Mutual Life Ins. Co. of New York v. Mandelbaum

Decision Date11 February 1922
Docket Number6 Div. 584.
Citation92 So. 440,207 Ala. 234
CourtAlabama Supreme Court

Appeal from Circuit Court, Tuscaloosa County; Henry B. Foster Judge.

Action by Temmie Mandelbaum against the Mutual Life Insurance Company of New York, upon a policy issued on the life of Solly Mandelbaum, in which she was named as beneficiary. Judgment for the plaintiff, and the defendant appealed. Reversed and remanded.

Tillman Bradley & Baldwin and W. M. Rogers, all of Birmingham, for appellant.

Brown &amp Ward, of Tuscaloosa, for appellee.


Appellee sued appellant upon an insurance policy, insuring the life the one Solly Mandelbaum, her husband, in which she was named as beneficiary. From a judgment for the plaintiff the defendant prosecutes this appeal.

Numerous pleas were interposed and sustained by the rulings of the court below, setting up fraudulent representations with intent to deceive on the part of the insured at the time of his application for a policy, and also certain representations contained in the policy as to his physical condition, which were alleged to have been untrue, and concluding with the averment that "the risk of loss was thereby increased." The defendant also interposed pleas 2 and 25, demurrers to which were sustained, and this ruling of the court constitutes the first assignment of error argued in brief.

Plea 2 presents the question in a very clear manner, and a consideration of that plea will suffice. This plea sets up in substance (omitting that part not considered as essential), that on February 7, 1919, said Solly Mandelbaum made application to the defendant for said policy of insurance sued on, which application is made a part of the contract of insurance; then follows quotation from the language in the application, the portion here pertinent being:

"The proposed policy shall not take effect unless and until the first premium shall have been paid during my continuance in good health, and unless also the policy shall have been delivered to and received by me during my continuance in good health."

The plea then concludes as follows:

"And the defendant avers that said policy of insurance was delivered to and received by the said Solly Mandelbaum, on, to wit, February 19, 1919, and that between the date of said application for insurance and the delivery of said policy the said Solly Mandelbaum did not continue in good health, for that, between said dates the deceased became and was ill, being affected with attacks of acute abdominal pains, during which time he was attended by a physician, or physicians.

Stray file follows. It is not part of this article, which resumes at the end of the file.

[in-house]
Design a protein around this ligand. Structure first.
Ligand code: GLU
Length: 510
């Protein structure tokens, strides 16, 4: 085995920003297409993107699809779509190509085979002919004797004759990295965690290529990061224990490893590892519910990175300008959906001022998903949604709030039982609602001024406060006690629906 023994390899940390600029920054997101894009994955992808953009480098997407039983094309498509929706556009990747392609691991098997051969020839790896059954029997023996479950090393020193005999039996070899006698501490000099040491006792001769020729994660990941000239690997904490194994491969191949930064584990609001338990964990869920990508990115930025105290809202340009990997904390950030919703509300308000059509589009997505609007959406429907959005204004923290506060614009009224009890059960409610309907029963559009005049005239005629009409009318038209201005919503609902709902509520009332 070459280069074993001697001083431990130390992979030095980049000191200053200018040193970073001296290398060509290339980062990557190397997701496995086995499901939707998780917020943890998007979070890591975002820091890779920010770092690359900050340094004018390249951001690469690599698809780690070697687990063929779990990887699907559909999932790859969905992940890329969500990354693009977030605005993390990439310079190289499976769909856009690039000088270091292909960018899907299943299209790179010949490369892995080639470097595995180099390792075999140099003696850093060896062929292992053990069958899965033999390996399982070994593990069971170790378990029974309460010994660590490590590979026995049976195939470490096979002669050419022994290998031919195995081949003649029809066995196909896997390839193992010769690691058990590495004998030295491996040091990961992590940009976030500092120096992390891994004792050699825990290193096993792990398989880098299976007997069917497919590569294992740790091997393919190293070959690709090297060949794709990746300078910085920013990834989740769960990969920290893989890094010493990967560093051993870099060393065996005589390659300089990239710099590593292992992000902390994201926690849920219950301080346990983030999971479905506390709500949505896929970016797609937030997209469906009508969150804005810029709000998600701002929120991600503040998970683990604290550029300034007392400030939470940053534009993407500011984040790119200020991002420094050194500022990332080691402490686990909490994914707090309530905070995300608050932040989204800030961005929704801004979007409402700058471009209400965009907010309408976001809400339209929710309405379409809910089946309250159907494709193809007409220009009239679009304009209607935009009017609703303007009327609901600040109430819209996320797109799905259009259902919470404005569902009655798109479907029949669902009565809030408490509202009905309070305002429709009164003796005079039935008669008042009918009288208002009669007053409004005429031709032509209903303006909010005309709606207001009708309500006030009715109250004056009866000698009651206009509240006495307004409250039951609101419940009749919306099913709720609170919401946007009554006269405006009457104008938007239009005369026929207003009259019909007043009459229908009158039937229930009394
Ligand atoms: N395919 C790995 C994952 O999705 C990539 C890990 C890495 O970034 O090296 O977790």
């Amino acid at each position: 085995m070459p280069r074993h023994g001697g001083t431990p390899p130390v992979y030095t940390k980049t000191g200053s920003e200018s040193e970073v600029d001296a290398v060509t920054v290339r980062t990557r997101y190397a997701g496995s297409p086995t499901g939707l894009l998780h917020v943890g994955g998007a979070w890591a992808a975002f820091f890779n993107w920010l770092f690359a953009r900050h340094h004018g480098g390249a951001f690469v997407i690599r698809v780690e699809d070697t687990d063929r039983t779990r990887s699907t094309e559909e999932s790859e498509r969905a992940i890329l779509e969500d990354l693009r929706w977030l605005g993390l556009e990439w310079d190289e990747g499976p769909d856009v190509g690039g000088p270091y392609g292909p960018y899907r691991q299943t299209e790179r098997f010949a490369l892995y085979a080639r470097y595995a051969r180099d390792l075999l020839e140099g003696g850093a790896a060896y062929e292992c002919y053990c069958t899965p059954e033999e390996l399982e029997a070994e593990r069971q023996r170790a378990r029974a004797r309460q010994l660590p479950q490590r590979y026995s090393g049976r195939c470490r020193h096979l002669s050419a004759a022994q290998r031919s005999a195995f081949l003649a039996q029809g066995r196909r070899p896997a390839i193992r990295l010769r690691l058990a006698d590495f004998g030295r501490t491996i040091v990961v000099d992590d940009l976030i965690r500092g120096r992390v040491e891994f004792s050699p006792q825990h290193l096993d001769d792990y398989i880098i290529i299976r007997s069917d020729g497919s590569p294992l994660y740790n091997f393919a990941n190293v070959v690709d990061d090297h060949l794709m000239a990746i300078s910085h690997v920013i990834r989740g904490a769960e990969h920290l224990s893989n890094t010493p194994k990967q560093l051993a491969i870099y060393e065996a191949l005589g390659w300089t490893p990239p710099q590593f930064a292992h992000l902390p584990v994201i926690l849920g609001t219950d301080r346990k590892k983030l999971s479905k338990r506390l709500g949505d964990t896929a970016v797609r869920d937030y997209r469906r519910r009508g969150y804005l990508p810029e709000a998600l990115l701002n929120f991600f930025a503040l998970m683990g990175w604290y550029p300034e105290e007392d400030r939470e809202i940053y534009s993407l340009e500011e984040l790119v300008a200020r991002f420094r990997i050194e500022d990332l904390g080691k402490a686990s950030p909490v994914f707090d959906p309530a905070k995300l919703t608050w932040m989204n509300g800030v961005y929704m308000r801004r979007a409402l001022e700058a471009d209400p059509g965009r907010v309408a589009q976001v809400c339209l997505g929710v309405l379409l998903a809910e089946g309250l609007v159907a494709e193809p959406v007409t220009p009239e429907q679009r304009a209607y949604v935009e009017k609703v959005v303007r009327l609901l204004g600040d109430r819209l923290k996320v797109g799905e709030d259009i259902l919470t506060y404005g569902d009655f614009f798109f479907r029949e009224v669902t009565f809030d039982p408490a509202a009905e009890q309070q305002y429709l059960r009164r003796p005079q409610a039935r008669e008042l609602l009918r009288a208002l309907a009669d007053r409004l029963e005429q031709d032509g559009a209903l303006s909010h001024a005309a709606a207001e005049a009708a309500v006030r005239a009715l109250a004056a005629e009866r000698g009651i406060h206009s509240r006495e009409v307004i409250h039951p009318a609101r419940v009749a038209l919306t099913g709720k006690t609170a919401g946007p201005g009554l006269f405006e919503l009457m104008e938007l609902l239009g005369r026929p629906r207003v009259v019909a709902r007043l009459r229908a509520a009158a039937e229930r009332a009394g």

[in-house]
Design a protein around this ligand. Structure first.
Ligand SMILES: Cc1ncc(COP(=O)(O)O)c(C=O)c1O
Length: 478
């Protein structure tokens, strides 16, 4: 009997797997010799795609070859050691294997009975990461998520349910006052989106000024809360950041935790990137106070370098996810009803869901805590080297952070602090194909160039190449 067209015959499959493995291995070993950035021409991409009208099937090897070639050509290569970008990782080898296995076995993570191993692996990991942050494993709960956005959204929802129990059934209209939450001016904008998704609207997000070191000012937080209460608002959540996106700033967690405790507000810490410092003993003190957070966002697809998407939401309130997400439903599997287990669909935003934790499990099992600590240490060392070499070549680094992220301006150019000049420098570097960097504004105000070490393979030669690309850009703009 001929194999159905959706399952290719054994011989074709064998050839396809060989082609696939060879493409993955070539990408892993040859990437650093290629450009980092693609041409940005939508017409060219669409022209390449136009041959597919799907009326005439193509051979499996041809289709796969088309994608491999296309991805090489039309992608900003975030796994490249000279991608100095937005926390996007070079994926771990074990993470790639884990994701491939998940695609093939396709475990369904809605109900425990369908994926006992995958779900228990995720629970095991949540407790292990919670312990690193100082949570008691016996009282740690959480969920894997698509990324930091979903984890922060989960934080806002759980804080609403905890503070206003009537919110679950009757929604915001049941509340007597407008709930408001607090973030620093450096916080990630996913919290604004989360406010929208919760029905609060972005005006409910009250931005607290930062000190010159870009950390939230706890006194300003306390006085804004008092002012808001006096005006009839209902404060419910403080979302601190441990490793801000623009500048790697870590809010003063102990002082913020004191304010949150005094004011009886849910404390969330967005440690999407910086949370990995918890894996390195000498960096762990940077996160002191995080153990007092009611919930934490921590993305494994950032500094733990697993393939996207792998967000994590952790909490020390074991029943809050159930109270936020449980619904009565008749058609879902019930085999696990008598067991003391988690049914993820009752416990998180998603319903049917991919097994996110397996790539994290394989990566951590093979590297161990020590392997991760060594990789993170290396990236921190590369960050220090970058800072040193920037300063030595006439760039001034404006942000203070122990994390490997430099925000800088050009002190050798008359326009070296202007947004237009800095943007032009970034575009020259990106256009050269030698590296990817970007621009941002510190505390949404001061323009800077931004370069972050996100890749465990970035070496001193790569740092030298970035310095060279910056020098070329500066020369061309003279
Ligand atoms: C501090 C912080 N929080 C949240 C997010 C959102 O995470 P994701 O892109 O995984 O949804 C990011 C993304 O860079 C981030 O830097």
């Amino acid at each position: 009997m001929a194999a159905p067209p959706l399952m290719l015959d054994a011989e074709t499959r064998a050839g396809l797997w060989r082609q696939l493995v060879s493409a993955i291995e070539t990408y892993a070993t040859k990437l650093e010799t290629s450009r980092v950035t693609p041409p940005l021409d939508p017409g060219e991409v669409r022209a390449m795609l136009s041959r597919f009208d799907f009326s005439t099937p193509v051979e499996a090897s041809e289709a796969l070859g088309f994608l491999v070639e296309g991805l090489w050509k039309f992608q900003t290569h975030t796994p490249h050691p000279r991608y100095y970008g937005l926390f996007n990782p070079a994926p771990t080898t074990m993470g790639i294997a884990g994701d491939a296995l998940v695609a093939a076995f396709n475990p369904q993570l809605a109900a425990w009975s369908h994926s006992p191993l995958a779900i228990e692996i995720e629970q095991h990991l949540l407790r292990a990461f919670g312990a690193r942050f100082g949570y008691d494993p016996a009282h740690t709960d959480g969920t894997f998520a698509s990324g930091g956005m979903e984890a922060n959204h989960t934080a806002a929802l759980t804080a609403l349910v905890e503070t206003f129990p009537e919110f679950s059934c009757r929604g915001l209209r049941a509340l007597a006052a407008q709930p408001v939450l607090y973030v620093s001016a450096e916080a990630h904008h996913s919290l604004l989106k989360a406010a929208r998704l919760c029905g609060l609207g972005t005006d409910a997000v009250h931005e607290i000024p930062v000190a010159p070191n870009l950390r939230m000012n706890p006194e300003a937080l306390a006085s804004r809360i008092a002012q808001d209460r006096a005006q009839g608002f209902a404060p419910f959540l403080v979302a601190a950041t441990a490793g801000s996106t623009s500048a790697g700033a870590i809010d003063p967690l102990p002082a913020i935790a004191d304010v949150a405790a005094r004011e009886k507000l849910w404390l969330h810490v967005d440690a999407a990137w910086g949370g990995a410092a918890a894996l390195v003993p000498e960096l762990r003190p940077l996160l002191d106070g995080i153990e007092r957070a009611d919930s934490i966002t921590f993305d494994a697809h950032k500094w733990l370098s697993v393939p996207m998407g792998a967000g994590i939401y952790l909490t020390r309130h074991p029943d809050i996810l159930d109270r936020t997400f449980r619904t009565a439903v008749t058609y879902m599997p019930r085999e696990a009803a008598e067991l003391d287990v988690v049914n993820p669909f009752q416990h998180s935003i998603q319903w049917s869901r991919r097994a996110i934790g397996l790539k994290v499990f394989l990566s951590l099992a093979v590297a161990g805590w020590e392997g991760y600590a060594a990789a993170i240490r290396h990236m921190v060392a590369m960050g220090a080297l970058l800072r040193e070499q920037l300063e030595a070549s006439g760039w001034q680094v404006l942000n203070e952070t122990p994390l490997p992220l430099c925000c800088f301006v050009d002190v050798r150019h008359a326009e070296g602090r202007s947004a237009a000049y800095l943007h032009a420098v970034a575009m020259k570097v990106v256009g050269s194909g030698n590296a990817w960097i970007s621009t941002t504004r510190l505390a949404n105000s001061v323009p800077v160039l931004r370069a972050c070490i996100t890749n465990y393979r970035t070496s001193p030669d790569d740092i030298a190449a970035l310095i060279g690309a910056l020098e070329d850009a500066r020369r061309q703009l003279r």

"And the defendant hereby tenders the plaintiff and pays into court the sum of $42.32, which said sum is the amount of the premiums paid by the said insured, together with interest thereon."

This plea was drawn upon the theory that it shows neither a warranty nor a misrepresentation, but a condition precedent, and therefore was not subject to the provisions of section 4572 of the Code of 1907, which reads as follows:

"No written or oral misrepresentation, or warranty therein made, in the negotiation of a contract or policy of life insurance, or in the application therefor or proof of loss thereunder, shall defeat or void the policy, or prevent its attaching, unless such misrepresentation is made with actual intent to deceive, or unless the matter misrepresented increase the risk of loss."

The ruling of the court below was to the effect that the plea came within the provisions of the foregoing section, and held it subject to the demurrer, evidently upon the ground that it failed to allege, in the language of the foregoing statute, that said condition "increased the risk of loss." The application for the policy of insurance was attached to and made a part thereof, as required by section 4579 of the Code of 1907, as shown by the averments of this plea. Cherokee Life Ins. Co. v. Brannum, 203 Ala. 145, 82 So. 175.

That the language in the application above quoted is not a representation is quite clear. The question to be determined therefore is whether or not it could be said to constitute a warranty within the meaning of the statute above set out, or must it be held as a condition precedent and not within the influence of that statute.